Tuberculosis Chalet - Hamilton Base Hospital


Tyers Street,, HAMILTON VIC 3300 - Property No B6398

File Number




Statement of Significance

The TB Chalet, Hamilton, designed by Percy Everett, Chief Architect of the Public Works Department, is of architectural and historic importance at the State level.
Architecturally, the Chalet is a stylish, dynamic design, a rare example of the influence of the celebrated European modernists of the 1920s and 30s in Victorian architecture. The design also directly expresses its function, with the originally open sun room facing in a northerly direction, providing a well ventilated, sunny space at the time being the major form of treatment of TB. The dynamic forms, with a long horizontal frontage, which curves around into carefully contrived angled and intersecting elements, creates a striking and appealing composition. It is one of the most distinctive works by Percy Everett, Chief Architect of the Public Works Department between 1934-1953, who was responsible for a large number of distinctive institutional buildings in this period.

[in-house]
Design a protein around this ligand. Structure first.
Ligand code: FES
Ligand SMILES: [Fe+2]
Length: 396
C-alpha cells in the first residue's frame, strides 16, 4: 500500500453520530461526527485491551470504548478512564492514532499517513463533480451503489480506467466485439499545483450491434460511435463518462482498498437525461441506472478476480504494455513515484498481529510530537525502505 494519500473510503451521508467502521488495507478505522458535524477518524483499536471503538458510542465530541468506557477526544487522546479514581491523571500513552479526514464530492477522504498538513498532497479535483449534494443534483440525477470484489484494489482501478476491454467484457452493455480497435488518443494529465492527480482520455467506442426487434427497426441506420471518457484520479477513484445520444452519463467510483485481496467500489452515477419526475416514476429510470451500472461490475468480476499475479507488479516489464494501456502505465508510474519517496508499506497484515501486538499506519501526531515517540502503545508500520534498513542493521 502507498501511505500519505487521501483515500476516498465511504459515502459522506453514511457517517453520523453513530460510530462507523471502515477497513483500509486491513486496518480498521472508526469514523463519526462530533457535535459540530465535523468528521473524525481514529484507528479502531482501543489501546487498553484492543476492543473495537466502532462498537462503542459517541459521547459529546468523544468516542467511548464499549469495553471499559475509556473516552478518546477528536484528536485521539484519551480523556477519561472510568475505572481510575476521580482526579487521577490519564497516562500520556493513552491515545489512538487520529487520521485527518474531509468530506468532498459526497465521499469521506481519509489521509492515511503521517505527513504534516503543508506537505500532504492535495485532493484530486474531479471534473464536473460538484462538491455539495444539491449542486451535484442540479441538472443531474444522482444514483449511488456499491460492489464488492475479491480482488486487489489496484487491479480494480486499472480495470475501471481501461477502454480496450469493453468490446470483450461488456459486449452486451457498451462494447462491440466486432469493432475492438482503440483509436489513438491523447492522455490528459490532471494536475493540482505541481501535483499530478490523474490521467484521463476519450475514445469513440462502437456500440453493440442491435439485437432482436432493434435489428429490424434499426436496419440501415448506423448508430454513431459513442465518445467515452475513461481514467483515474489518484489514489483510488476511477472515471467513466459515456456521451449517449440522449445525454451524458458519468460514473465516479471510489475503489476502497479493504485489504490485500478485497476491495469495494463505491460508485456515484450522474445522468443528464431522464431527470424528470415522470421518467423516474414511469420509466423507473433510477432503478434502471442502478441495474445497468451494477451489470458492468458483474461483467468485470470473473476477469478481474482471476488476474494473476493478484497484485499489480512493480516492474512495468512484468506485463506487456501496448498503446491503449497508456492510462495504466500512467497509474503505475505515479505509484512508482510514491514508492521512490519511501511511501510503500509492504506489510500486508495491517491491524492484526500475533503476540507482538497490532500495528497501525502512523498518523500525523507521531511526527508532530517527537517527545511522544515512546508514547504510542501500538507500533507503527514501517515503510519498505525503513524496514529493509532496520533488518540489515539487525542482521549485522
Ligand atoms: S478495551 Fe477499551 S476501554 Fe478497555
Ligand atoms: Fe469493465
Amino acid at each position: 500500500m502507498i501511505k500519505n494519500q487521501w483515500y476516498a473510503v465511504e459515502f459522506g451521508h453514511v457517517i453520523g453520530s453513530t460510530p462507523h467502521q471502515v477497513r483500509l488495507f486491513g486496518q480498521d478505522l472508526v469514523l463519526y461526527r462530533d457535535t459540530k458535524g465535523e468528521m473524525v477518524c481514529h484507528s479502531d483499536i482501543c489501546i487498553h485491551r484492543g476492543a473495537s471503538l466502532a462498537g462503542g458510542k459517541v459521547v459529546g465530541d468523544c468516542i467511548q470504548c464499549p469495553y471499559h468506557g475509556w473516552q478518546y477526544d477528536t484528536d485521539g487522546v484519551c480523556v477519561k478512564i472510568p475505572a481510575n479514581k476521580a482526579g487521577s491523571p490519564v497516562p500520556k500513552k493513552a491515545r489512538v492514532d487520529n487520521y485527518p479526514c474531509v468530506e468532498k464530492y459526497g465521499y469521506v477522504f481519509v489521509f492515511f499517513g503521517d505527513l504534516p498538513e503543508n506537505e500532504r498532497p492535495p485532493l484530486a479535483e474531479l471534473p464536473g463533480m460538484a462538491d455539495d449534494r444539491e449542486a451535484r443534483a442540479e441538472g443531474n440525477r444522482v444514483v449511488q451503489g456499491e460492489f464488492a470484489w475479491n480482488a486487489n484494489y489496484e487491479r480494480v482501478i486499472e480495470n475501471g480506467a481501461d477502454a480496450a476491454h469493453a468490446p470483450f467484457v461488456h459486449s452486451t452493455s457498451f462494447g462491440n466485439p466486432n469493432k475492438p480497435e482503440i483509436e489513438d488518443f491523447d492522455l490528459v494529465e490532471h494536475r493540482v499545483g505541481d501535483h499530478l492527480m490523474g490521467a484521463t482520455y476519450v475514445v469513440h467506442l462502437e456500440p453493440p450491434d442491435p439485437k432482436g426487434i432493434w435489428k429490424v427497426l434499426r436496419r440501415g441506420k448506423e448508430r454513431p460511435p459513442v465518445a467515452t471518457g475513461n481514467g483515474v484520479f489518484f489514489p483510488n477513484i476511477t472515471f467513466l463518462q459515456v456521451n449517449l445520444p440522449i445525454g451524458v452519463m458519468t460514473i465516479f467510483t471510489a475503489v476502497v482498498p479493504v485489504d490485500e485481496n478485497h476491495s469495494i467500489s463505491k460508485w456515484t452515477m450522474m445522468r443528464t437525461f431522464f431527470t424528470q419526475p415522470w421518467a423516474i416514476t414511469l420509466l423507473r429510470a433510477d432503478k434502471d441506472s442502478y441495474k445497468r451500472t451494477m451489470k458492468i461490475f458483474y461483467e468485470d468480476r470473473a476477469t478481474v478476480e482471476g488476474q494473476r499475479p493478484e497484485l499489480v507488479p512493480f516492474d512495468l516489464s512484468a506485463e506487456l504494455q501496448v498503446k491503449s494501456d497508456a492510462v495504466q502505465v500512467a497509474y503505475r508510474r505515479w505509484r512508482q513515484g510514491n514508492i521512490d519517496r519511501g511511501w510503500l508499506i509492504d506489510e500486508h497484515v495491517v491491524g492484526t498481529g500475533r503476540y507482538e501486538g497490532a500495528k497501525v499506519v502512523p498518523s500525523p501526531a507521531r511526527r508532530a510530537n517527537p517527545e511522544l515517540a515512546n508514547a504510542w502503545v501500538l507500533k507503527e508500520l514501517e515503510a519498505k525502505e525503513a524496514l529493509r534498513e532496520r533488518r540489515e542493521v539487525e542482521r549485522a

Historically, the Chalet is important as one of the few structures remaining in Victoria specifically built for the treatment of TB, once a common and often fatal disease. It was built in the late 1940s as part of an Australia wide campaign to combat the disease, the main cure for which was rest and fresh air. Combined with the introduction of an effective antibiotic in 1947, this campaign was quickly successful in virtually eradicating the 'white plague', ironically making the building redundant.
Classified: 07/08/2000
Note: Also refer:(1) B5027, Administration Building(Hamilton Base Hospital)
(2) B6399, Hamilton Base Hospital Complex.


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